In some ways, it seemed a relief that we appeared to be getting the grim wake-up call out of the way early this year: after two embarrassing losses on the trot, the team was struggling to get beyond first-gear in yet another lacklustre start against Brisbane.
Perhaps, I mused, as the Lions squandered their attacking dominance, we have jinxed ourselves with our marketing ploy. We deem ourselves the “Pride of South Australia”, and pride – as we all know – leads inevitably to a fall.
The players once again seemed to turn up their collective noses at the challenge on offer, as though the Number 1-ranked side having even to play the lowest-ranked team – let alone deigning to actually beat them – was a frankly insulting proposition.
These are the times the Crows’ collective intent seems summed up by the phrase: “I can do that but I don’t wanna.”
And so it was that the three first-half goals from debutant Hugh Greenwood – the Fumbles’ new Favourite Person Who Ever Lived – seemed to lift his more staid teammates from their semi-stupor. And make it somehow impossible to be entirely dismissive of our otherwise-forgettable outing (aside from the usual goal of the year contender from Eddie, but that is a given).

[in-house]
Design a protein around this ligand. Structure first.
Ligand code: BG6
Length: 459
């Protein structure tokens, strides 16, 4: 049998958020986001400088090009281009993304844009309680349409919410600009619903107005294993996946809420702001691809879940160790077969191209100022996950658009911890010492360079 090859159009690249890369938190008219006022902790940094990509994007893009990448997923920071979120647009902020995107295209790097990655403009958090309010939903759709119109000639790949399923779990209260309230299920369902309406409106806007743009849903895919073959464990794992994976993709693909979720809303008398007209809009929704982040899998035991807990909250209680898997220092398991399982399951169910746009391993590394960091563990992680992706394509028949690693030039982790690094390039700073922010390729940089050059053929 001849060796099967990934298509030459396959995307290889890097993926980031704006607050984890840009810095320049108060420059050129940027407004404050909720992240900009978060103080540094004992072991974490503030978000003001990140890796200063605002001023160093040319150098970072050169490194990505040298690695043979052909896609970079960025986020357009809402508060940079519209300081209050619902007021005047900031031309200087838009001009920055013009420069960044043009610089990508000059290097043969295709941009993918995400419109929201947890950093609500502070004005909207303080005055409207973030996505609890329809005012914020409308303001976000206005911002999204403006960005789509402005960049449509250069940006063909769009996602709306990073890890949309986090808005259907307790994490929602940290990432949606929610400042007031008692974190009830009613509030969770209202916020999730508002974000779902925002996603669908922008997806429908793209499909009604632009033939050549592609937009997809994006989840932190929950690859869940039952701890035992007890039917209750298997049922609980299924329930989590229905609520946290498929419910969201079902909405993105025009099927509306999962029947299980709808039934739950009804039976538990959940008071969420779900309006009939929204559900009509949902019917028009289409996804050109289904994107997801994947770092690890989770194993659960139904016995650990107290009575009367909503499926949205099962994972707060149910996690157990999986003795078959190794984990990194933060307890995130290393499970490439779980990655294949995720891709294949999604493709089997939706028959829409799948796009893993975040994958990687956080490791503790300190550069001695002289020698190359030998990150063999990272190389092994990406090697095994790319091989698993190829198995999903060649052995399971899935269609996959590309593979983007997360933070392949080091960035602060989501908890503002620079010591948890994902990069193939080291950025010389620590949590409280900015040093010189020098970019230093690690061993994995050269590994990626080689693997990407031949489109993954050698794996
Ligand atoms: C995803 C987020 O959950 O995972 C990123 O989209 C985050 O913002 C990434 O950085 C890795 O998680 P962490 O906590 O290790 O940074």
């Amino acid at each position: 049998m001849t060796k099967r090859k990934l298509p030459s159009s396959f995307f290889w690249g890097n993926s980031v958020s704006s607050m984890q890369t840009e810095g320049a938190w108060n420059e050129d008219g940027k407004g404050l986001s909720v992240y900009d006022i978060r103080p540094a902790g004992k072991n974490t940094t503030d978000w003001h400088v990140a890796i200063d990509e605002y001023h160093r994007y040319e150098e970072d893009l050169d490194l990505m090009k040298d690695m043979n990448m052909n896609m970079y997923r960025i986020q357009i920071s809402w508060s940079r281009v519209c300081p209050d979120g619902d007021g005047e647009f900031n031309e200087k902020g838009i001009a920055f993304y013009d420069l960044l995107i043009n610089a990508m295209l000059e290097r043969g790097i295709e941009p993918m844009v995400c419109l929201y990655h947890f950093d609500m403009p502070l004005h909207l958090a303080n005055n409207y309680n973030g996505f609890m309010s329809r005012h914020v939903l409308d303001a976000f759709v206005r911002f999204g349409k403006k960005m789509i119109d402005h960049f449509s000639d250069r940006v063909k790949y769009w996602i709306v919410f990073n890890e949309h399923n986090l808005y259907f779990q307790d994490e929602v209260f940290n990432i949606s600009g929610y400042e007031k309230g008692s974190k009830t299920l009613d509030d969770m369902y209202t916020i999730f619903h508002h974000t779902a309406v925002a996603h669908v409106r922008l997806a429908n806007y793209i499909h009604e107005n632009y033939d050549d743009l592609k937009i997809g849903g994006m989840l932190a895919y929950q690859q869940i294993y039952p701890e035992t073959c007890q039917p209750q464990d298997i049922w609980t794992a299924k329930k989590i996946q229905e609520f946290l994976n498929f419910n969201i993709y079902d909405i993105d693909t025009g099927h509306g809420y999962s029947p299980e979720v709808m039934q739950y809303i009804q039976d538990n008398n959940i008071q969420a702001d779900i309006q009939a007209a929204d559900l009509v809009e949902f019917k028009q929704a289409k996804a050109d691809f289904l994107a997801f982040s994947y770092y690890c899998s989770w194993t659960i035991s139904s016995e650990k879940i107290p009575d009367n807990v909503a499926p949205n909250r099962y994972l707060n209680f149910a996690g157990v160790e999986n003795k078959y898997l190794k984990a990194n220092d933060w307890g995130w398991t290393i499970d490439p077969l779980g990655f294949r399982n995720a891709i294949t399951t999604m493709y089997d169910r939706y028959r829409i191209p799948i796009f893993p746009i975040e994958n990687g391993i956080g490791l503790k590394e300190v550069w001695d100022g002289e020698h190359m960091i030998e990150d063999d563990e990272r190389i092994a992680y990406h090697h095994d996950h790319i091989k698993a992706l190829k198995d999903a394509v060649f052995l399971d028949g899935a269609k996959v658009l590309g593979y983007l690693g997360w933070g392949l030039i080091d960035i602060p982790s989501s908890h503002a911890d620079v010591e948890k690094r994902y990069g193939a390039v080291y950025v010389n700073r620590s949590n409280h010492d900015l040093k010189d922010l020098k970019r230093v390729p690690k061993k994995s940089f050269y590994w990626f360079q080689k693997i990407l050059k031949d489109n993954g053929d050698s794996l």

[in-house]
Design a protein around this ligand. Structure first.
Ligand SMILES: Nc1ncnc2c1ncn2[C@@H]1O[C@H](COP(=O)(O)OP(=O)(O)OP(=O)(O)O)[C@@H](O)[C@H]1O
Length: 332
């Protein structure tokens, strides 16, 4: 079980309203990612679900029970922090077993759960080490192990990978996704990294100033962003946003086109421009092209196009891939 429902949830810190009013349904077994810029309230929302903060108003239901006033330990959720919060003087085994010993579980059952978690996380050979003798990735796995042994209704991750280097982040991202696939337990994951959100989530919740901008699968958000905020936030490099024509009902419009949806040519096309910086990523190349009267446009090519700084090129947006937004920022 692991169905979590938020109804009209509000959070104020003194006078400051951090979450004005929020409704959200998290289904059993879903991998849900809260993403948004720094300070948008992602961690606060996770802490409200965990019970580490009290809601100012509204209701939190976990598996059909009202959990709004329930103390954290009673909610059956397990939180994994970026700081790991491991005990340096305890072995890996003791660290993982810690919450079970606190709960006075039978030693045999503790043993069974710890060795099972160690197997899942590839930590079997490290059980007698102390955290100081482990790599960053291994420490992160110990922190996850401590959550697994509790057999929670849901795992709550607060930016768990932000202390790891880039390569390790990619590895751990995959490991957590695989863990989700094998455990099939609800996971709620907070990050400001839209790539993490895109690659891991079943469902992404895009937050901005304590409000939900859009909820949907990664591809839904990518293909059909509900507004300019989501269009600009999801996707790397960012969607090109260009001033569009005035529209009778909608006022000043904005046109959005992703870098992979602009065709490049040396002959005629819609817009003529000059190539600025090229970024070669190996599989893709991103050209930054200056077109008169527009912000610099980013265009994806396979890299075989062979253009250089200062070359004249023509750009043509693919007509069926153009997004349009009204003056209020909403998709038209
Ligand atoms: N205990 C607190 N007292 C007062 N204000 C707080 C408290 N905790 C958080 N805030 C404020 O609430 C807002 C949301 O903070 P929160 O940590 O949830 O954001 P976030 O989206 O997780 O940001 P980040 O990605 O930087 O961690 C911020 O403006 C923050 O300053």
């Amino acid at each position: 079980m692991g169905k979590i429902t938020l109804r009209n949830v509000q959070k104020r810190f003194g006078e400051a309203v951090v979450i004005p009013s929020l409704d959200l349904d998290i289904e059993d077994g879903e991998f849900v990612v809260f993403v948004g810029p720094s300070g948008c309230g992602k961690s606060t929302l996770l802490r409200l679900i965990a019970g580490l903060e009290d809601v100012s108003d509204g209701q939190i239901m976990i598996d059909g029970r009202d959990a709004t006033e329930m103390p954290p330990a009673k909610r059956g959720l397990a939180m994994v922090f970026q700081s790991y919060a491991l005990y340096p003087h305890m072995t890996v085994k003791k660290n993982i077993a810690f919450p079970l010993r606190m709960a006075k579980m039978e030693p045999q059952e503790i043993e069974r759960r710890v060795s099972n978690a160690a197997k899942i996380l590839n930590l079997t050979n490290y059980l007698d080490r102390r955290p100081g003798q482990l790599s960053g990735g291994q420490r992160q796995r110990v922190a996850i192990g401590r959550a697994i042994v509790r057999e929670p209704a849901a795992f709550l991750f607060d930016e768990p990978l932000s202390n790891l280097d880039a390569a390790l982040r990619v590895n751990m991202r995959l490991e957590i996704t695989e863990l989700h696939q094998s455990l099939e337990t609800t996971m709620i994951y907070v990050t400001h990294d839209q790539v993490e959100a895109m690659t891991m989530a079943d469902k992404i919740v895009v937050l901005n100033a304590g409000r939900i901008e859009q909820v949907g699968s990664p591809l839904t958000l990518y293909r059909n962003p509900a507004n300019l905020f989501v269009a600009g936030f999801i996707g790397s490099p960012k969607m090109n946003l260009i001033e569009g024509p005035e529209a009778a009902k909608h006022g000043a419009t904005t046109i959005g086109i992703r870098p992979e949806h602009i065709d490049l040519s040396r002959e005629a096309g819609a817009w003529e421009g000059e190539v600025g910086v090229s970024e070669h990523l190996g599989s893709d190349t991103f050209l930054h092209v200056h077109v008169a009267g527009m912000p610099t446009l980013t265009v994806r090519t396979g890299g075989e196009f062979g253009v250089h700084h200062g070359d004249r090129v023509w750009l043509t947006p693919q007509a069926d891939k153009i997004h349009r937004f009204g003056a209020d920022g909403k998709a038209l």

If we were ‘silver lining’ types, we could say that the upside of those two horrible losses in recent weeks was the long-awaiting blooding of uncapped players, with both Greenwood and Jordan Gallucci showing glimpses of great promise.
(We’re not ‘silver lining’ types, of course, if for no better reason than that would put us in the same Glass Half Full brigade as Damian Hardwick, who responded to Saturday’s heartbreaker by effusing about his “pride” that his side had “taken it up to every side they’ve played” in recent weeks.)
We’ve learned not to expect too much of debutants, but Greenwood’s was already such a compelling tale, with its capricious twists of fate and tinged with the looming personal tragedy of his mum’s terminal cancer. He walked out on an NBL contract to join Adelaide as a rookie, before this year captaining the Crows reserves side and, finally, earning a senior call-up.
Of course, there were always historical quirks to suggest he was destined for the Crows.
For instance. His college basketball coach at the New Mexico Lobos was called ‘Craig Neal’.
It’s not clear if ‘Neal, Craig’ used to respond to play-off defeats by philosophising that “the boys will have learned a lot from that kind of finals-like pressure”, or if he championed a game-plan that saw his side known colloquially as ‘The Lobots’.
But nonetheless, the parallels are quite uncanny.